After school, young people enter the world of work, where research shows that the worst time in the week is when workers are with their boss. This is shocking and in many workplaces we need a quite different management philosophy. A trial led by MIT shows that where workers are involved more closely in decision-making, their job satisfaction rises by more than 10% and their quit rate falls by a third (Moen et al, 2017).

But while good schools and workplaces can do much for mental health, at least a fifth of children and adults will still experience serious anxiety disorders or depression.

When this happens, there are now strong evidence-based psychological therapies (above all, cognitive behavioural therapy or CBT, which helps at least 50% of patients to recover). Because mental illness stops so many people working, these therapies save more public money than they cost (Layard and Clark, 2014).

Fortunately, we now have a whole range of effective therapies for tackling not only standard mental health problems, such as anxiety and depression, but also substance abuse, family conflict and domestic violence. We need urgently to make these evidence-based therapies available to all who need them – exactly as we do in the case of physical illness.

But humans are also social animals. Loneliness is a major problem in modern society, and town planners and community organisations can do much to promote social connections (Tan, 2006; Pitkala et al, 2009). There is much that different professions can do, and many more experiments are needed to increase their ability to contribute to a happier society.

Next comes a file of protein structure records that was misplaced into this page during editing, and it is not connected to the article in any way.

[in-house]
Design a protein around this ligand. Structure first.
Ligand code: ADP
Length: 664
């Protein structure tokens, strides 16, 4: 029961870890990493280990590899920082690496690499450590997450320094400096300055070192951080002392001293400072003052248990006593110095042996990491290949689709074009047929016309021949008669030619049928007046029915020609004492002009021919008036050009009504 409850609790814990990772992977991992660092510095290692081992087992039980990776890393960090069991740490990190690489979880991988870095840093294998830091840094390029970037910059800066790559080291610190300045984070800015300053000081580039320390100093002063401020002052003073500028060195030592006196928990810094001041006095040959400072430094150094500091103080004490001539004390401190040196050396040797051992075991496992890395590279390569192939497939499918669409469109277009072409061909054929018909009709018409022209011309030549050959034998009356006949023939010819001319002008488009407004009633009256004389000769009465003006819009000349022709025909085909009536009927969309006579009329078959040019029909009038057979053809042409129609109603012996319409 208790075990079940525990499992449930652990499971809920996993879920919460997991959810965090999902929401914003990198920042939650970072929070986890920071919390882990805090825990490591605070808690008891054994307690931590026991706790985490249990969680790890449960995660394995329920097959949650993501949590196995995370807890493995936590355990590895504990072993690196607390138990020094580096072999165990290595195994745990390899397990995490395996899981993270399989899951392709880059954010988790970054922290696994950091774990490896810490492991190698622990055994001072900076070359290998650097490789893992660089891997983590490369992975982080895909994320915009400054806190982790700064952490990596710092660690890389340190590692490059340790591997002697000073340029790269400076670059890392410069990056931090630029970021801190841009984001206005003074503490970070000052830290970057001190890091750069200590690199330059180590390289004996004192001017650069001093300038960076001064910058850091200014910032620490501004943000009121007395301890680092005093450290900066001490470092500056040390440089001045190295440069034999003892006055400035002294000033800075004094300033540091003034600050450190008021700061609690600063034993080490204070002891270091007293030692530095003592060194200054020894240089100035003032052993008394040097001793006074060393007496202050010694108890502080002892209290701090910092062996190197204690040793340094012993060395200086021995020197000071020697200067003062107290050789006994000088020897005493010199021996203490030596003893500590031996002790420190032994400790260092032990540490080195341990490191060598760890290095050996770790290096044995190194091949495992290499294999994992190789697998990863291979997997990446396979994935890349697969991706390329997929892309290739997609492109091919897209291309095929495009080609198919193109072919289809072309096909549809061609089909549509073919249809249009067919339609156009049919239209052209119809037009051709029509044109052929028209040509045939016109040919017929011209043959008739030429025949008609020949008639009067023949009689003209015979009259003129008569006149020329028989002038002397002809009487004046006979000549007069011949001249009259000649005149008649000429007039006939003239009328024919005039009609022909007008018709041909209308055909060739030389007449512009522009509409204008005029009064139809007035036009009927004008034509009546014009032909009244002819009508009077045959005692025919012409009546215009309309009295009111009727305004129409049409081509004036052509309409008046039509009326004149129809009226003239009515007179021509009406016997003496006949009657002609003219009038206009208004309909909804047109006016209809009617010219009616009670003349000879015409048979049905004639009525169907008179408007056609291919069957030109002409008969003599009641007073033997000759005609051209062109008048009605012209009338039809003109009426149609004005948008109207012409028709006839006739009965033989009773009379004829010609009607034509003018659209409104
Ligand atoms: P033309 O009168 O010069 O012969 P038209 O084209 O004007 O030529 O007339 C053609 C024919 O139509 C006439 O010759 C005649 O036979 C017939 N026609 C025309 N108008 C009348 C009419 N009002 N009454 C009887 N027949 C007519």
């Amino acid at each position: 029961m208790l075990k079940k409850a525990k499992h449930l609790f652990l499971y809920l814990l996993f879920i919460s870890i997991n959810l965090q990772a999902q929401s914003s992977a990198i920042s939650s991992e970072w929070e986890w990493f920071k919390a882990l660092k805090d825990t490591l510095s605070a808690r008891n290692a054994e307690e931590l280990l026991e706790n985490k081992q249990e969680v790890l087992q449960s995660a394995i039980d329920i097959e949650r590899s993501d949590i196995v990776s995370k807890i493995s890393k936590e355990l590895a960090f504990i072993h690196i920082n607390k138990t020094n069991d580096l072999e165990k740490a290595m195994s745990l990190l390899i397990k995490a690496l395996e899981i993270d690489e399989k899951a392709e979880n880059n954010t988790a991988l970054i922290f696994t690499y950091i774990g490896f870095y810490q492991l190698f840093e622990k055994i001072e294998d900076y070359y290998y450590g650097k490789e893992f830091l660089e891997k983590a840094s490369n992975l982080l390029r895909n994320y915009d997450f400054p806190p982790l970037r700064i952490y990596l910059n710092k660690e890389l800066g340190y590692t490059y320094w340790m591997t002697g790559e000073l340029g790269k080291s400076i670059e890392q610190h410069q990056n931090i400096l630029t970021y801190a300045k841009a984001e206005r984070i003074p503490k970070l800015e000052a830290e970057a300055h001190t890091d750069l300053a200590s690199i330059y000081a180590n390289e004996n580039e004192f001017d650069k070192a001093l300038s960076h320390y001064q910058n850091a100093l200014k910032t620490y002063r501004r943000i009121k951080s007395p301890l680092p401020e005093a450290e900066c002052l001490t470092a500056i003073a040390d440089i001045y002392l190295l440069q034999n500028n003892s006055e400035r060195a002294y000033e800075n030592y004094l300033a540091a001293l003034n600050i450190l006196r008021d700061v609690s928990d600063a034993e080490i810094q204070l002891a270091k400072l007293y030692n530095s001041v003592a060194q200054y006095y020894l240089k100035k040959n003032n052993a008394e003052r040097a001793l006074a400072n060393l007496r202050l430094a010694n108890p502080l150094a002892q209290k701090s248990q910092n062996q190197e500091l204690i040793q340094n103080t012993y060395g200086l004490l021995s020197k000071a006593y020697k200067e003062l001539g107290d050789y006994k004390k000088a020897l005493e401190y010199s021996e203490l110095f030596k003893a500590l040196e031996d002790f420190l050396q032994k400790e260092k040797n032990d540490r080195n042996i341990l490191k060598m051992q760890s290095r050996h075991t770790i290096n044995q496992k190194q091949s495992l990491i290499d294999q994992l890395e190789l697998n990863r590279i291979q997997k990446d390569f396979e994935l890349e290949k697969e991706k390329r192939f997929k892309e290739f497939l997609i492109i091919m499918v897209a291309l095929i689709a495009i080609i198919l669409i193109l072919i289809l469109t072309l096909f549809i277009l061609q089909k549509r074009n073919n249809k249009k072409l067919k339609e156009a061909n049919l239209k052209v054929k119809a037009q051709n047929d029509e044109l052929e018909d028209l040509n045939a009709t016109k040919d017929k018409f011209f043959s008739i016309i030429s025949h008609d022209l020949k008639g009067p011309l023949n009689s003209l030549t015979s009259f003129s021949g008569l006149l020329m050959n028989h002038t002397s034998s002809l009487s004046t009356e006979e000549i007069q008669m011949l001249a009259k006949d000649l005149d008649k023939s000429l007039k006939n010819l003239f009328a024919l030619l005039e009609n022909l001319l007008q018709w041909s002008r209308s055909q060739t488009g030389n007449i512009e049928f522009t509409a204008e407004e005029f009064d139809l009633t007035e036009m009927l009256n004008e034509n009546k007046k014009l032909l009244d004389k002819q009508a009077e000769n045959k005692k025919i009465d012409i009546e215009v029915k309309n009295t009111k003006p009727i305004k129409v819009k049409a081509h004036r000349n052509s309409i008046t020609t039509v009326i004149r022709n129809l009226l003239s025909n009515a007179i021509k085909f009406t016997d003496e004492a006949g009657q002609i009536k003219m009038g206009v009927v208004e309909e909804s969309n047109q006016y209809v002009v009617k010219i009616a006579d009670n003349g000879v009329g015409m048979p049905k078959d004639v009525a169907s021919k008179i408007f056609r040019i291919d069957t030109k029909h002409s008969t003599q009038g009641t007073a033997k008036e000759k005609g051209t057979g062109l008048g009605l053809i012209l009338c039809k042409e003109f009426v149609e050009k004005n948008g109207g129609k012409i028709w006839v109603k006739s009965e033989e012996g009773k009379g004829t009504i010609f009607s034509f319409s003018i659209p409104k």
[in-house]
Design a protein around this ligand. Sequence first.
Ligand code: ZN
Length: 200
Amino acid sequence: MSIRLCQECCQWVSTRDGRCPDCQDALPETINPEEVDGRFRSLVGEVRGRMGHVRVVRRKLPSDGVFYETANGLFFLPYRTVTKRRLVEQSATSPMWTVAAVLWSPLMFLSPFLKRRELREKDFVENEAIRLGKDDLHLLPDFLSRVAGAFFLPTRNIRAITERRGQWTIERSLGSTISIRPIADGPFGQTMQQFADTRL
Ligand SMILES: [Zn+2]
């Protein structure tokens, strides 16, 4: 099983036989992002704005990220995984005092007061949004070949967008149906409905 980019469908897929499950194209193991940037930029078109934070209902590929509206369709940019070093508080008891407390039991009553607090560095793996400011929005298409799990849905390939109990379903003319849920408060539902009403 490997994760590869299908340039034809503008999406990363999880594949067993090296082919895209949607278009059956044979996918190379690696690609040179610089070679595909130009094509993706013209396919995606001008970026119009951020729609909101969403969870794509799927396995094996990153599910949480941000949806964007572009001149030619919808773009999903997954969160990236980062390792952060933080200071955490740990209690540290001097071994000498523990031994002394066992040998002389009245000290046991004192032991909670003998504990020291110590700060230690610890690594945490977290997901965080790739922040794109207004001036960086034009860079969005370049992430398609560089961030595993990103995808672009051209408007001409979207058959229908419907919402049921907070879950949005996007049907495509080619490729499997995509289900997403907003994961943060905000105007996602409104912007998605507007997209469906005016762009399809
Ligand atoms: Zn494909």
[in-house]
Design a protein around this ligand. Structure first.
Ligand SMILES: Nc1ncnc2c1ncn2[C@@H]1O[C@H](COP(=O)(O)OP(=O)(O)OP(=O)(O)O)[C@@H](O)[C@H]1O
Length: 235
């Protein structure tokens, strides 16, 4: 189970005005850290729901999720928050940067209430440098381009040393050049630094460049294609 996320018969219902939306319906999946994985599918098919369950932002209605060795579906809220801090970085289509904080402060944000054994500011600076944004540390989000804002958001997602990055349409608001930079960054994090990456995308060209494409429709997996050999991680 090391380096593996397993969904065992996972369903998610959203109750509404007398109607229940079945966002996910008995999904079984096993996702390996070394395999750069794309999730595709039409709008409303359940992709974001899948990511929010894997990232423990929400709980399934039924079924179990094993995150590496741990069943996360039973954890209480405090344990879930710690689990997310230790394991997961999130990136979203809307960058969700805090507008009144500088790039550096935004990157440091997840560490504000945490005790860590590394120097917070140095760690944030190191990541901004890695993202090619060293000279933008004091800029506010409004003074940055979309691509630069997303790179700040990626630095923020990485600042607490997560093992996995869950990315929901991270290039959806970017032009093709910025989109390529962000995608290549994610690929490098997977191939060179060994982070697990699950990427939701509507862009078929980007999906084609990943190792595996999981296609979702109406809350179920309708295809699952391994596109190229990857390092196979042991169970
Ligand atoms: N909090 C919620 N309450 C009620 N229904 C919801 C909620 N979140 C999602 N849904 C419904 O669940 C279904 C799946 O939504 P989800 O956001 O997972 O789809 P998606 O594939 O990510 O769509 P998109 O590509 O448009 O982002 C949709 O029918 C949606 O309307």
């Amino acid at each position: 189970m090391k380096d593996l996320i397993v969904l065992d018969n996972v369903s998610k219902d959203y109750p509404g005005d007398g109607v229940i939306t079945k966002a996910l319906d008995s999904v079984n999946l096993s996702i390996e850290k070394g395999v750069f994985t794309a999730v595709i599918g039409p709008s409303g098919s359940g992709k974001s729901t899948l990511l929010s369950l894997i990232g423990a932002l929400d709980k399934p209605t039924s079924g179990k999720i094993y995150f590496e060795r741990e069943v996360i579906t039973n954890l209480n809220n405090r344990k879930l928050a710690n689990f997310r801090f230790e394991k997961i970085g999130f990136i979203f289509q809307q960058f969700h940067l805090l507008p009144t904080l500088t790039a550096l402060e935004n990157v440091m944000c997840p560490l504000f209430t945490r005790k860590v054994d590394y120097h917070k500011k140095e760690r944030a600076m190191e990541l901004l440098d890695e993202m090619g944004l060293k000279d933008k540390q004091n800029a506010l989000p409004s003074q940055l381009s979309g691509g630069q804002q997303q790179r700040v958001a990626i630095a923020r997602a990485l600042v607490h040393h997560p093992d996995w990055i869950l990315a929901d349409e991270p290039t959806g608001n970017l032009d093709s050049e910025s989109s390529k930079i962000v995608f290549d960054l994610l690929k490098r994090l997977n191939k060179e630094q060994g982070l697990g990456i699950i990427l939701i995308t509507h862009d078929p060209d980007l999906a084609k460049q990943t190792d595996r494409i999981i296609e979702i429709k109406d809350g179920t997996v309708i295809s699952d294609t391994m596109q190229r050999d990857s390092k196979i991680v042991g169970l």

Making all this happen requires a major rethink of the role of government. First, governments have to commit themselves to the goal of the people’s wellbeing. This means a new form of policymaking where policies are judged by the amount of happiness they produce per pound of expenditure.

Second, there has to be a wider view of the role of the state in which it not only helps people to be better workers, but also supports them in becoming better parents. The evidence is clear: the Scandinavian countries do better at this than any others. There, the size of the state is bigger and these are the happiest countries (Helliwell et al, 2019). There is no convincing evidence that low-tax countries are happier.